and Cthulhu and mad scientists and a bunch of stupid people
I canâ€™t believe Iâ€™m still reading, yet alone reviewing, this series from DC Comics.Â The premise is simple; Superman and Batman taking on Vampires and Werewolves.Â Itâ€™s too bad the first two issues were missing one of the title characters.Â Does this issue deliver the goods as the title proclaims?Â And then some.Â In this case, though, it isnâ€™t a good thing.
Three issues in, and we finally get to see Superman on the scene.Â Too bad he has to battle a Lovecraftian tentacled snail monster, as the Man of Steel is vulnerable to all things that are magical in nature.Â I donâ€™t mind the lengthy explanation of this bit of trivia by the vampire narrator, as there are a number of people who are still unawares of this weakness.
And that Lovecraftian monster?Â It really is a Lovecraft monster, as Dimeter explains all the tales weâ€™ve read by the master are true.Â I like this aspect of the story, but a giant tentacle monster appearing in a book called Superman and Batman vs. Vampires and Werewolves seems wedged in for effect.Â Whatâ€™s next; aliens, witches, and zombies?Â Donâ€™t get me wrong, I really dig the concept of a book called Superman and Batman vs. Vampires and Werewolves, itâ€™s the execution that fails.Â All these other monsters, and having other heroes team up with Batman for two issues until Superman arrives here, make it seem like the writer is overcompensating for something.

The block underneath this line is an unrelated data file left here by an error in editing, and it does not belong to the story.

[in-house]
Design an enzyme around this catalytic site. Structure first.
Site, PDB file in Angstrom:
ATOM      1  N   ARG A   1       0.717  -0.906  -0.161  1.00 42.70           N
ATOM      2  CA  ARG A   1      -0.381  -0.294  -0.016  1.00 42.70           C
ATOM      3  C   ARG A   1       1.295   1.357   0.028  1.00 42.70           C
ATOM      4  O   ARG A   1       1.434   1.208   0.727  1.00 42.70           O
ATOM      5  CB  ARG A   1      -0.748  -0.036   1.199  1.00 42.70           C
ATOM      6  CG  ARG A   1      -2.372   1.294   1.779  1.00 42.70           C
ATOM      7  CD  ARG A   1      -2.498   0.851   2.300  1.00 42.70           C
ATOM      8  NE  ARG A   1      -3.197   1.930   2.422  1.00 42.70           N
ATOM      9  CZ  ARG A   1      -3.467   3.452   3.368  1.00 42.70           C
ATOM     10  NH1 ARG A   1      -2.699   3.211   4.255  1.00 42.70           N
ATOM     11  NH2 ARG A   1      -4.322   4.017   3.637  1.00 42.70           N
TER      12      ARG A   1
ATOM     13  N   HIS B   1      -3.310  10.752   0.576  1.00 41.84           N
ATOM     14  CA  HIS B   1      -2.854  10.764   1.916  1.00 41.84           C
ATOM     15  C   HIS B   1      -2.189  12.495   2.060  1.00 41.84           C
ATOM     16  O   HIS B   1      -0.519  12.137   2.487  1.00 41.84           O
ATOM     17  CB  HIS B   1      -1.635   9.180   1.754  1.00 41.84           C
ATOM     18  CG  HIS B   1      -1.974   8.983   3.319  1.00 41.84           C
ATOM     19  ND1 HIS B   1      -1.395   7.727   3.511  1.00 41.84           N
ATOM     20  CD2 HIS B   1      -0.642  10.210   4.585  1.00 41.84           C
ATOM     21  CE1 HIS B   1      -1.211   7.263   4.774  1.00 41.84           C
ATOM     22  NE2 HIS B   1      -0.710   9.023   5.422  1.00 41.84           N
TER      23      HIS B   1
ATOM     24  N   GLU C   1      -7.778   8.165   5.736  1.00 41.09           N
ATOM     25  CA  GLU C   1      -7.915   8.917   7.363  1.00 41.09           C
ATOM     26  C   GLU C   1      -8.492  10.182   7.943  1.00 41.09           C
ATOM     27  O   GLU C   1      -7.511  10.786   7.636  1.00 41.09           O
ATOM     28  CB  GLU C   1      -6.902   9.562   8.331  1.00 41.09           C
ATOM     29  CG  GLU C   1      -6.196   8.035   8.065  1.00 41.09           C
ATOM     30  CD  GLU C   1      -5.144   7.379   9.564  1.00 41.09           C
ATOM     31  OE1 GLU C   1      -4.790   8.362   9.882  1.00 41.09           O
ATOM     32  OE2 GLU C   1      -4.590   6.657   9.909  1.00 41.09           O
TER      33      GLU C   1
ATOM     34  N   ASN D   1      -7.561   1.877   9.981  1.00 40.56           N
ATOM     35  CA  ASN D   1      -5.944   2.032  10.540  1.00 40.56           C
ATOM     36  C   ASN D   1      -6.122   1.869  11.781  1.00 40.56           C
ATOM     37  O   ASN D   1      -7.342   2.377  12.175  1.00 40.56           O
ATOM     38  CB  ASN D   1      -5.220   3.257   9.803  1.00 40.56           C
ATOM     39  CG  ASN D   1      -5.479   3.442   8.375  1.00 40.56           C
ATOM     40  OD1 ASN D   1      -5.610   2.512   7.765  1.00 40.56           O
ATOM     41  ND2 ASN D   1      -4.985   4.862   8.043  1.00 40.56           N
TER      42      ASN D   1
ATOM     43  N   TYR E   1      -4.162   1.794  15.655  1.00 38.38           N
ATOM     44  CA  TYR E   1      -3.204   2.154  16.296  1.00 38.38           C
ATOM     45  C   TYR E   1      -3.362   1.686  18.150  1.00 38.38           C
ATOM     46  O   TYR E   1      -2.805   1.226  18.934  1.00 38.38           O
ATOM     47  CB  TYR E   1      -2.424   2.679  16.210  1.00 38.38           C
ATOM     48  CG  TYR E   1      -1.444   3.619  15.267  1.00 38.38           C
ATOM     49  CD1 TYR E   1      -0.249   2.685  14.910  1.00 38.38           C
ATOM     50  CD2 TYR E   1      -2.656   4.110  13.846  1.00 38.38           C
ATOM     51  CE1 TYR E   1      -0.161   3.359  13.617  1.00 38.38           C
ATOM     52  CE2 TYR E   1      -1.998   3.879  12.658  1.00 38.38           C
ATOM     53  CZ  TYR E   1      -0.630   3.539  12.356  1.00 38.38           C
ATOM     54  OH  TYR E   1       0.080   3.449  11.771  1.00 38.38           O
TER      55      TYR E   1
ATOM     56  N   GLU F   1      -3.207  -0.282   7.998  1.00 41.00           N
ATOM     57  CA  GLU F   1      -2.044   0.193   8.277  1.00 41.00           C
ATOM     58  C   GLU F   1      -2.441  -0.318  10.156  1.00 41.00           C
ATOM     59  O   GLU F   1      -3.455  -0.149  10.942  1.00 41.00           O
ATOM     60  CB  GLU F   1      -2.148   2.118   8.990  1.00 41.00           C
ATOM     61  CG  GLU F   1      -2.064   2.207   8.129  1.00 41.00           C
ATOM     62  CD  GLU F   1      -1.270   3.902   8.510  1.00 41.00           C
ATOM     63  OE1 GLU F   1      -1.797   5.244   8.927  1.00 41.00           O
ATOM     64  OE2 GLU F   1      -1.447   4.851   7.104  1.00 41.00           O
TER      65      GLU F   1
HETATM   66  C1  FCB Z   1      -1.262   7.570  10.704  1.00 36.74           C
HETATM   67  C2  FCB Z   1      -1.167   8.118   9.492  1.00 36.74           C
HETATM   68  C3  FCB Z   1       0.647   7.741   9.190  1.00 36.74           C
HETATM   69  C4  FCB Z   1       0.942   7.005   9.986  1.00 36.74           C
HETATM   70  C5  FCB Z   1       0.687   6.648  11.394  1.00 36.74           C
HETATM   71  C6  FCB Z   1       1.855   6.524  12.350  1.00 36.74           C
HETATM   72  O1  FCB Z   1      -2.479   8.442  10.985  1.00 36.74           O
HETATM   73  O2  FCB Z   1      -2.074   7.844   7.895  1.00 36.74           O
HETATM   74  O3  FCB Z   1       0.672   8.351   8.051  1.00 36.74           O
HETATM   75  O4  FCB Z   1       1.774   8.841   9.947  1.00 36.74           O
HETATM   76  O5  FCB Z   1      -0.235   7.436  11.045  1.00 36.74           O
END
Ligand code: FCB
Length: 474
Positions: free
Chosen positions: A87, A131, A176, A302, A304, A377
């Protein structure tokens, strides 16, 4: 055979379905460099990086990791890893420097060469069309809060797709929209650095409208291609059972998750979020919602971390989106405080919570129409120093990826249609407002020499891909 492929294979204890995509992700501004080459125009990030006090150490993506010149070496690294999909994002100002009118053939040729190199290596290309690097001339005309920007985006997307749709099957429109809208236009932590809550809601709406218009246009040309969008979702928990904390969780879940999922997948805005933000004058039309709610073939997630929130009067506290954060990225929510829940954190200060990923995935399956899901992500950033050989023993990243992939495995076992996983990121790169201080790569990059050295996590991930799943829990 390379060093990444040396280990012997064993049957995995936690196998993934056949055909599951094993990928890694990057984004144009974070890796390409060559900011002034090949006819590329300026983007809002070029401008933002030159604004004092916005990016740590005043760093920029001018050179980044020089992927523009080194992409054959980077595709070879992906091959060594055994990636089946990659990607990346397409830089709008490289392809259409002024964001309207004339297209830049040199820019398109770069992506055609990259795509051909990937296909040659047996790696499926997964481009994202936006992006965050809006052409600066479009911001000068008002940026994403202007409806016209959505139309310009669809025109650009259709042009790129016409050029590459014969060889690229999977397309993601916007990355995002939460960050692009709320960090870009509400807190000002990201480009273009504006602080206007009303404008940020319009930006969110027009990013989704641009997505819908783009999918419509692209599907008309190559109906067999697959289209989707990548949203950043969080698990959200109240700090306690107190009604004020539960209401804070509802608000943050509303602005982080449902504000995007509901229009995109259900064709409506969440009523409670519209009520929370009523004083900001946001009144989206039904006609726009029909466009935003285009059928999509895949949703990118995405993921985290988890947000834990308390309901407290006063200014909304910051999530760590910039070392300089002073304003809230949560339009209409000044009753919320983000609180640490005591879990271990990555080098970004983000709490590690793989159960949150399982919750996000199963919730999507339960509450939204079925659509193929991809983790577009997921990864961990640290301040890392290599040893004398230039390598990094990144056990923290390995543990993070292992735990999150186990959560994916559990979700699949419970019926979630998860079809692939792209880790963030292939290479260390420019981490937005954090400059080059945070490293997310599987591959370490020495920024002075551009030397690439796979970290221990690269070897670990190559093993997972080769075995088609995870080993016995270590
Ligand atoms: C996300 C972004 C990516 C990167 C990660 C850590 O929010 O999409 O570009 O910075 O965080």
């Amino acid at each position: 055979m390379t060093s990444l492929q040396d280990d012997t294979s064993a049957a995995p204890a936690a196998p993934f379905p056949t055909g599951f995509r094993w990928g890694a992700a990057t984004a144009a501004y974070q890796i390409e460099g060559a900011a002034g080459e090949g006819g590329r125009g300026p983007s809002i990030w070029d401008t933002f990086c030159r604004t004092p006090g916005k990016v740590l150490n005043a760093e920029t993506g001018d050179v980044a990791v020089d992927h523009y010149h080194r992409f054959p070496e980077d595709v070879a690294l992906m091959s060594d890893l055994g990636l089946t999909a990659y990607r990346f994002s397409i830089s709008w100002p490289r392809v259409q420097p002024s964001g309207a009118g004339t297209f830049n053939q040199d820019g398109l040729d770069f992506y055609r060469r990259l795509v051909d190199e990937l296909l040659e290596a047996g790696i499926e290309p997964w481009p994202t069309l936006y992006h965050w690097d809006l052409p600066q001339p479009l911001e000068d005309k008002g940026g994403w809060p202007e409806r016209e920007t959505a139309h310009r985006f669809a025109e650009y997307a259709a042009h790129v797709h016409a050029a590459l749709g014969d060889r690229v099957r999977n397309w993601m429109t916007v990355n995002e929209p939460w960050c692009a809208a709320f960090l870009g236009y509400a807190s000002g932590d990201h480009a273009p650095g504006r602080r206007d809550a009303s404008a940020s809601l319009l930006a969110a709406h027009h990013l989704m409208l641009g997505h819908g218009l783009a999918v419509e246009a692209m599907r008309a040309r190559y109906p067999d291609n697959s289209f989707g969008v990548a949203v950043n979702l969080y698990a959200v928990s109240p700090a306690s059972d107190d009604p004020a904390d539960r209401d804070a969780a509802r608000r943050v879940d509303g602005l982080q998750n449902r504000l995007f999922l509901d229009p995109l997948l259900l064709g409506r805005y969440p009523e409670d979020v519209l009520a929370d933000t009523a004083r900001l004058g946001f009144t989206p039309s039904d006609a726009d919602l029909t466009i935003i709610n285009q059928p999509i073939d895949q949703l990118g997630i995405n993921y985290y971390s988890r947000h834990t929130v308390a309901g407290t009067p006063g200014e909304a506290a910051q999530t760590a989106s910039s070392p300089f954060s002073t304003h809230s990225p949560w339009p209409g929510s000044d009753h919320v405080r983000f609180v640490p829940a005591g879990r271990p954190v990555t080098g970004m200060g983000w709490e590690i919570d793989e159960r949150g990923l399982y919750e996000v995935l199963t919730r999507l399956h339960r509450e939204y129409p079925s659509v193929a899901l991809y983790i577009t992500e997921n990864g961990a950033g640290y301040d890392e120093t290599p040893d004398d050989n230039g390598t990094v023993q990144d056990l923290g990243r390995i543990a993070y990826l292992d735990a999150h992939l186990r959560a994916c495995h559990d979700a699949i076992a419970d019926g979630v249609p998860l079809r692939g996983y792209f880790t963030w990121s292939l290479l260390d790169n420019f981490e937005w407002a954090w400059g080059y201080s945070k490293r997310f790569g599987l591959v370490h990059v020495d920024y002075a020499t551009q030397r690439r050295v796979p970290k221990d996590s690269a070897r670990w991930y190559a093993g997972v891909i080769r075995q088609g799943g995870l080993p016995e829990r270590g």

As Batman and Dimeter go off to chase down Dr. Combs, Superman battles the giant monster, but each time heâ€™s about to lay waste to the creature, a citizen gets in harms way, and Boy Scout Superman has to fly in and save them.Â I donâ€™t know if Kevin VanHook is trying to play it off as comedy or not, but each time Superman gets that â€œgosh darn it, the giant monster got away again – have a good day citizens!â€ moment it comes off really goofy, making VanHookâ€™s interpretation of Superman a character that is too goody goody to even â€œaccidentallyâ€ allow a vampire to die.
Sure enough, by issues end, Superman has once again disappeared, presumably to chase down Dr. Combs, who I thought Batman and Dimeter were after, while Jason Blood and Green Arrow appear to help the duo take down a wild gang of vampires.
Over the top?Â Yes.Â Confusing as hell?Â In places. Worst thing Iâ€™ve ever read? No, there are at least two other titles that deserve that title.
Reading this mini-series is like watching a train wreck in slow motion.Â You see what is about to happen and as much as you want to turn away, you canâ€™t. I like a good horror tale, but come on!Â This series is a joke.Â If youâ€™re a sadist, keep giving DC your $2.99.Â Superman and Batman vs. Vampires and Werewolves earns a 1 Star rating only because of the forced Lovecraft moments.